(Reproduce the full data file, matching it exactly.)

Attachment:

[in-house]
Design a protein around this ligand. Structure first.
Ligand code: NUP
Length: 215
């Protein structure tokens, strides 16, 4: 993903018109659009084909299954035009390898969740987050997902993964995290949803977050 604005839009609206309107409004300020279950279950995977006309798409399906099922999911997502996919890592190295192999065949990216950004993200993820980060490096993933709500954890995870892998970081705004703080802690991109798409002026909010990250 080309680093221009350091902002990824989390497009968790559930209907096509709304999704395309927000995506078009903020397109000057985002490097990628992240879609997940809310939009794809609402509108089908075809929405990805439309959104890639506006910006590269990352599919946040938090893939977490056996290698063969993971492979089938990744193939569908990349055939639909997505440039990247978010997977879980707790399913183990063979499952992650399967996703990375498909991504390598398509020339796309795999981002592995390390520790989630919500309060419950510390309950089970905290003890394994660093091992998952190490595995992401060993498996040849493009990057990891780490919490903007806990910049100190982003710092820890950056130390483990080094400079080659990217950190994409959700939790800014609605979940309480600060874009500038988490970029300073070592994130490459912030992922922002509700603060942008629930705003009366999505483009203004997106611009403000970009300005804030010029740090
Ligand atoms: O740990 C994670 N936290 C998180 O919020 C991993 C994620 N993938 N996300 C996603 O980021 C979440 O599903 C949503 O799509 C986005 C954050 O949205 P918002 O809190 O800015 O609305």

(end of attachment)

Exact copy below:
[in-house]
Design a protein around this ligand. Structure first.
Ligand code: NUP
Length: 215
């Protein structure tokens, strides 16, 4: 993903018109659009084909299954035009390898969740987050997902993964995290949803977050 604005839009609206309107409004300020279950279950995977006309798409399906099922999911997502996919890592190295192999065949990216950004993200993820980060490096993933709500954890995870892998970081705004703080802690991109798409002026909010990250 080309680093221009350091902002990824989390497009968790559930209907096509709304999704395309927000995506078009903020397109000057985002490097990628992240879609997940809310939009794809609402509108089908075809929405990805439309959104890639506006910006590269990352599919946040938090893939977490056996290698063969993971492979089938990744193939569908990349055939639909997505440039990247978010997977879980707790399913183990063979499952992650399967996703990375498909991504390598398509020339796309795999981002592995390390520790989630919500309060419950510390309950089970905290003890394994660093091992998952190490595995992401060993498996040849493009990057990891780490919490903007806990910049100190982003710092820890950056130390483990080094400079080659990217950190994409959700939790800014609605979940309480600060874009500038988490970029300073070592994130490459912030992922922002509700603060942008629930705003009366999505483009203004997106611009403000970009300005804030010029740090
Ligand atoms: O740990 C994670 N936290 C998180 O919020 C991993 C994620 N993938 N996300 C996603 O980021 C979440 O599903 C949503 O799509 C986005 C954050 O949205 P918002 O809190 O800015 O609305």